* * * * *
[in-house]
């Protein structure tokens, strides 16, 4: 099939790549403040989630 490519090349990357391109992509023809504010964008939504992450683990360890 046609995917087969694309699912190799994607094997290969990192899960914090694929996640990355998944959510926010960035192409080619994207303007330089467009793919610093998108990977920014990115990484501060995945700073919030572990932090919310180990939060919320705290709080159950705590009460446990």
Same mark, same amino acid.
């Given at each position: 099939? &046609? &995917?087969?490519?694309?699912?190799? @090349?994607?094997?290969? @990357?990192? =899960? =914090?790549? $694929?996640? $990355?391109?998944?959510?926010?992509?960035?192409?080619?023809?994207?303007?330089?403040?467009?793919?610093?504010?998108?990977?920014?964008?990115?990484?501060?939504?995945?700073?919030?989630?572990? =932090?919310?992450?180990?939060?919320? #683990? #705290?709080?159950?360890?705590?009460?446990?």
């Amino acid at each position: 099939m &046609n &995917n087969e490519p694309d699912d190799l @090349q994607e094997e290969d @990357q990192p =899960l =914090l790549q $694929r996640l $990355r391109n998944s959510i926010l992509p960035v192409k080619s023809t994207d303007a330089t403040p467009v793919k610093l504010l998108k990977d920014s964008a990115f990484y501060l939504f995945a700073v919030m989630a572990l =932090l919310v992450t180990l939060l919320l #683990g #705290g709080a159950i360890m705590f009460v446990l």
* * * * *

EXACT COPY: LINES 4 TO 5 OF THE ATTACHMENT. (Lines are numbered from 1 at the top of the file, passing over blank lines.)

């Given at each position: 099939? &046609? &995917?087969?490519?694309?699912?190799? @090349?994607?094997?290969? @990357?990192? =899960? =914090?790549? $694929?996640? $990355?391109?998944?959510?926010?992509?960035?192409?080619?023809?994207?303007?330089?403040?467009?793919?610093?504010?998108?990977?920014?964008?990115?990484?501060?939504?995945?700073?919030?989630?572990? =932090?919310?992450?180990?939060?919320? #683990? #705290?709080?159950?360890?705590?009460?446990?």
């Amino acid at each position: 099939m &046609n &995917n087969e490519p694309d699912d190799l @090349q994607e094997e290969d @990357q990192p =899960l =914090l790549q $694929r996640l $990355r391109n998944s959510i926010l992509p960035v192409k080619s023809t994207d303007a330089t403040p467009v793919k610093l504010l998108k990977d920014s964008a990115f990484y501060l939504f995945a700073v919030m989630a572990l =932090l919310v992450t180990l939060l919320l #683990g #705290g709080a159950i360890m705590f009460v446990l």